The political spat between Metro Councilman Bo Mitchell and At-large Councilman Charlie Tygard has intensified following a Bellevue community cleanup last Saturday morning that Mitchell claims was also a campaign event for his election opponent.
At issue is a recent outing on Bellevue’s Newsom Station Road during which Mitchell photographed his District 35 opponent, former Metro Planning commissioner Tonya Jones, Tygard and several Davidson County Drug Court workers who were cutting grass.
In an invitation, Jones had called the event a community cleanup, but Mitchell has alleged the two were unlawfully using Metro employees and vehicles for political purposes. Jones is seen wearing a campaign T-shirt, with yard signs nearby. Tygard, who supports Jones’ candidacy, has said he organized the event, and invited Jones — as well as Mitchell — to attend.
At Tuesday’s council meeting, Mitchell referenced the episode during deliberation of a Tygard-sponsored ordinance introduced following the controversy involving Criminal Court Clerk David Torrence. The bill, which cleared the council’s second of three votes Tuesday, clarifies the proper uses of government automobiles.
Mitchell had council attorney Don Jones read the part of Tygard’s legislation that says Metro-owned vehicles aren’t to be used for “transporting any political campaign literature or matter, or to engage in soliciting votes, or to transport any person or persons soliciting votes in any election or primary.”
Suggesting Tygard had broken a rule within his own ordinance, Mitchell told the council: “[There are] clear abuses from people within our own body.”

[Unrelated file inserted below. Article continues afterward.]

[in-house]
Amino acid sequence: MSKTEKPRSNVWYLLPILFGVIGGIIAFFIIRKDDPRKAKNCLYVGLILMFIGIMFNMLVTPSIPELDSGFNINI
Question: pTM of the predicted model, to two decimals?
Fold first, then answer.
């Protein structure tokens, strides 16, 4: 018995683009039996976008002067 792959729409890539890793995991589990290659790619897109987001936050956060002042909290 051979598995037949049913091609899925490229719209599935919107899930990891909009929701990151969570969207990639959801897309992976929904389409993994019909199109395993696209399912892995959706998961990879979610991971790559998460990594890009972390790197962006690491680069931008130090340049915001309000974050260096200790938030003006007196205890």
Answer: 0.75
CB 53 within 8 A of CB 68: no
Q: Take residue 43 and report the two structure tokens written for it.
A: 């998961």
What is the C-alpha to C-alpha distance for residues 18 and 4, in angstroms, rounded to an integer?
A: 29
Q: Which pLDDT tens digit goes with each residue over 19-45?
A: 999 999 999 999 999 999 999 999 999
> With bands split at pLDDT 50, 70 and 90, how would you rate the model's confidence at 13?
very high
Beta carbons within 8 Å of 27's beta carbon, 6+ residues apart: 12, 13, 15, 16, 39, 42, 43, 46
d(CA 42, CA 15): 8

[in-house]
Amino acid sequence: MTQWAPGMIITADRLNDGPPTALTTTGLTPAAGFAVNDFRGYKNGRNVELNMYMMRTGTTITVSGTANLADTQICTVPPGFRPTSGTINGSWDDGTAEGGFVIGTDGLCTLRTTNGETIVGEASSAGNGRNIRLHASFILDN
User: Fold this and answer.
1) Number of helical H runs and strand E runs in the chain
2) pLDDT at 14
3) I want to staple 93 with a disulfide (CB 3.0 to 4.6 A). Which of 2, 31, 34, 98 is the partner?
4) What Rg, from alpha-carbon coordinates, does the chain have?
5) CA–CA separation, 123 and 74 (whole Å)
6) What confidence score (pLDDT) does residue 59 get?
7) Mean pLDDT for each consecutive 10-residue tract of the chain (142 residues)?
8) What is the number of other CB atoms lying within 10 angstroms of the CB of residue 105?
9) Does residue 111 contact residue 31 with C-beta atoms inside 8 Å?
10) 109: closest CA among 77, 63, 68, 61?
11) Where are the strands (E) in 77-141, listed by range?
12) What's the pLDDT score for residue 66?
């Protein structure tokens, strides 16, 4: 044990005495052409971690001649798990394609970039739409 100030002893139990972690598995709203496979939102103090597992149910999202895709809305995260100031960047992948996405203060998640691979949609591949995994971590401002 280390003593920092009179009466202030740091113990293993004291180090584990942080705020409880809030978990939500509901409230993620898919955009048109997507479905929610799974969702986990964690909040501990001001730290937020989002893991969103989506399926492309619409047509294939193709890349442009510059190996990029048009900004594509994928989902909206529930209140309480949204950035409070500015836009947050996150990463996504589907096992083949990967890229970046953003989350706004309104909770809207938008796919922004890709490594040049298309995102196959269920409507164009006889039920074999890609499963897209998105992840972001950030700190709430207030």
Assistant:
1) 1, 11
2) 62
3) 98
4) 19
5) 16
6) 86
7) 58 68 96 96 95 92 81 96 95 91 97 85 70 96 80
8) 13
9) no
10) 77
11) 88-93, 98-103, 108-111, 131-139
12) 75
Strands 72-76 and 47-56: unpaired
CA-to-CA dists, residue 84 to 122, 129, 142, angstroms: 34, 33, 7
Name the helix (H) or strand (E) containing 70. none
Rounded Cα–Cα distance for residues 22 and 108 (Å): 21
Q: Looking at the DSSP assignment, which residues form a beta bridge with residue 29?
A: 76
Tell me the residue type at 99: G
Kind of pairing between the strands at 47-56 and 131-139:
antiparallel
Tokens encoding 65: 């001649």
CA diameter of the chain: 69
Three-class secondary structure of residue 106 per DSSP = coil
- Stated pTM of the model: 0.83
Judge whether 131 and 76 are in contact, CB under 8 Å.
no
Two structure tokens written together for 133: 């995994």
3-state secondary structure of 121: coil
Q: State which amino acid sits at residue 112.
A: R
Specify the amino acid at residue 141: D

Also on Tuesday, Tygard sent a letter to council members, which he began by calling the dispute “political mudslinging initiated by Councilman Mitchell.”
In the letter, Tygard, a former Bellevue district council member, said multiple citizens alerted him to the “blighted” stretch of Newsom Station Road at a Bellevue picnic in May. Working in conjunction with Bellevue Councilman Eric Crafton, Tygard said he dispatched a sheriff’s community service crew to the area on Tuesday, June 14.
Tygard said he requested assistance from the Davidson County Drug Court for the now-disputed event last Saturday. Tygard said nine community volunteers took part. While they were conducting the work, Tygard said Mitchell appeared.
“I was expecting Councilman Mitchell to assist us with our efforts, but instead with camera in hand, he began shouting that this was an illegal event because, according to him, taxpayer dollars were funding a political event,” Tygard wrote.
Tygard said the group invited Mitchell to set up a tent, but he went ahead and contacted media and distributed his photos instead. Tygard described Mitchell’s actions as “intimidation.”
“Colleagues, please do not be fooled by the attempted smokescreen by Councilman Mitchell,” Tygard wrote. “His allegations couldn’t be more baseless.”
Meanwhile, Mitchell has alerted council members to a letter from Trial Court Administrator Tim Townsend, which he issued in response to a series of questions from Mitchell.
Regarding Saturday’s event, Townsend wrote: “The staff was not aware the event could be a political or campaign event. The crew had been instructed to provide routine lawn care service at an intersection where they could encounter traffic. In the future, the drug court staff will be more diligent in pre-screening requests for service.”
According to Townsend, the drug court is funded through a combination of state and federal grants, as well as drug fines. He said it is the drug court’s policy to refrain from participation in political events.